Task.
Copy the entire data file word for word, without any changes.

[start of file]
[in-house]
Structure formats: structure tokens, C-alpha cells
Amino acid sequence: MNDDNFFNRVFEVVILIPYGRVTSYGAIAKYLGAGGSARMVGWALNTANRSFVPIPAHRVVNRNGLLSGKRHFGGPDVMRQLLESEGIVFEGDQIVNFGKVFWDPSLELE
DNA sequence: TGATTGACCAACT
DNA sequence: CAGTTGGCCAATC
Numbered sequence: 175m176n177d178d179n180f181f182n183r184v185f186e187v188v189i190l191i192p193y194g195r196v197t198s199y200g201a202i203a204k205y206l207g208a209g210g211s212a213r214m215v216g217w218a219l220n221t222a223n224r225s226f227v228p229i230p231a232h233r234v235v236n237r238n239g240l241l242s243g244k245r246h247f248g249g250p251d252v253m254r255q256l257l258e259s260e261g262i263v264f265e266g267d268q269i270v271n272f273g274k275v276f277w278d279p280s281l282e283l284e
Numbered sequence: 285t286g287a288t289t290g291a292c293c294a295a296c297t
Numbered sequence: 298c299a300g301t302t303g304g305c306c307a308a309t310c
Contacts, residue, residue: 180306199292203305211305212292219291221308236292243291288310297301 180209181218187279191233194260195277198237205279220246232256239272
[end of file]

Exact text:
[in-house]
Structure formats: structure tokens, C-alpha cells
Amino acid sequence: MNDDNFFNRVFEVVILIPYGRVTSYGAIAKYLGAGGSARMVGWALNTANRSFVPIPAHRVVNRNGLLSGKRHFGGPDVMRQLLESEGIVFEGDQIVNFGKVFWDPSLELE
DNA sequence: TGATTGACCAACT
DNA sequence: CAGTTGGCCAATC
Numbered sequence: 175m176n177d178d179n180f181f182n183r184v185f186e187v188v189i190l191i192p193y194g195r196v197t198s199y200g201a202i203a204k205y206l207g208a209g210g211s212a213r214m215v216g217w218a219l220n221t222a223n224r225s226f227v228p229i230p231a232h233r234v235v236n237r238n239g240l241l242s243g244k245r246h247f248g249g250p251d252v253m254r255q256l257l258e259s260e261g262i263v264f265e266g267d268q269i270v271n272f273g274k275v276f277w278d279p280s281l282e283l284e
Numbered sequence: 285t286g287a288t289t290g291a292c293c294a295a296c297t
Numbered sequence: 298c299a300g301t302t303g304g305c306c307a308a309t310c
Contacts, residue, residue: 180306199292203305211305212292219291221308236292243291288310297301 180209181218187279191233194260195277198237205279220246232256239272